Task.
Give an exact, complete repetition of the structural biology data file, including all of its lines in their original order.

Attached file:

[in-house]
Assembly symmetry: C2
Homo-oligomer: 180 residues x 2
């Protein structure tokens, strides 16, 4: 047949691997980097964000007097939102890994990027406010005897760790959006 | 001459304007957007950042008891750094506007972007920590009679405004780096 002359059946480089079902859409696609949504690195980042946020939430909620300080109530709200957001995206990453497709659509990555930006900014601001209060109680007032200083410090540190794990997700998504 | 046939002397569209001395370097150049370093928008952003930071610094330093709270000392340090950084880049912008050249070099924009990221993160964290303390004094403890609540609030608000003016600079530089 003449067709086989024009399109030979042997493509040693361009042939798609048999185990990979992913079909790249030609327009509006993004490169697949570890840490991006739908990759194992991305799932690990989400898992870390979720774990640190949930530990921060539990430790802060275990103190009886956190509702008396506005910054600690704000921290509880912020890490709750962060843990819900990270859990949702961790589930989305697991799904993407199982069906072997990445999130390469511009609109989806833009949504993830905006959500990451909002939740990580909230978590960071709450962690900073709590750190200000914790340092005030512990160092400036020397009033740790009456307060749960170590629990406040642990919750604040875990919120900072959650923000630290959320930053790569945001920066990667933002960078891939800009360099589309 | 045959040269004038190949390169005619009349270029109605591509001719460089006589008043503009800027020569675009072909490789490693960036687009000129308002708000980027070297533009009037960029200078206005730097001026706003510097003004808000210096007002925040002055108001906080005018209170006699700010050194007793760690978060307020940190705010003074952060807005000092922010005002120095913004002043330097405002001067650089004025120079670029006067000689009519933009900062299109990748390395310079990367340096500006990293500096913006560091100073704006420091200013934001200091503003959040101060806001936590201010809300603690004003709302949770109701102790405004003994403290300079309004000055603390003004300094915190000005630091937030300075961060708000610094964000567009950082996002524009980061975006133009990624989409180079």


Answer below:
[in-house]
Assembly symmetry: C2
Homo-oligomer: 180 residues x 2
């Protein structure tokens, strides 16, 4: 047949691997980097964000007097939102890994990027406010005897760790959006 | 001459304007957007950042008891750094506007972007920590009679405004780096 002359059946480089079902859409696609949504690195980042946020939430909620300080109530709200957001995206990453497709659509990555930006900014601001209060109680007032200083410090540190794990997700998504 | 046939002397569209001395370097150049370093928008952003930071610094330093709270000392340090950084880049912008050249070099924009990221993160964290303390004094403890609540609030608000003016600079530089 003449067709086989024009399109030979042997493509040693361009042939798609048999185990990979992913079909790249030609327009509006993004490169697949570890840490991006739908990759194992991305799932690990989400898992870390979720774990640190949930530990921060539990430790802060275990103190009886956190509702008396506005910054600690704000921290509880912020890490709750962060843990819900990270859990949702961790589930989305697991799904993407199982069906072997990445999130390469511009609109989806833009949504993830905006959500990451909002939740990580909230978590960071709450962690900073709590750190200000914790340092005030512990160092400036020397009033740790009456307060749960170590629990406040642990919750604040875990919120900072959650923000630290959320930053790569945001920066990667933002960078891939800009360099589309 | 045959040269004038190949390169005619009349270029109605591509001719460089006589008043503009800027020569675009072909490789490693960036687009000129308002708000980027070297533009009037960029200078206005730097001026706003510097003004808000210096007002925040002055108001906080005018209170006699700010050194007793760690978060307020940190705010003074952060807005000092922010005002120095913004002043330097405002001067650089004025120079670029006067000689009519933009900062299109990748390395310079990367340096500006990293500096913006560091100073704006420091200013934001200091503003959040101060806001936590201010809300603690004003709302949770109701102790405004003994403290300079309004000055603390003004300094915190000005630091937030300075961060708000610094964000567009950082996002524009980061975006133009990624989409180079």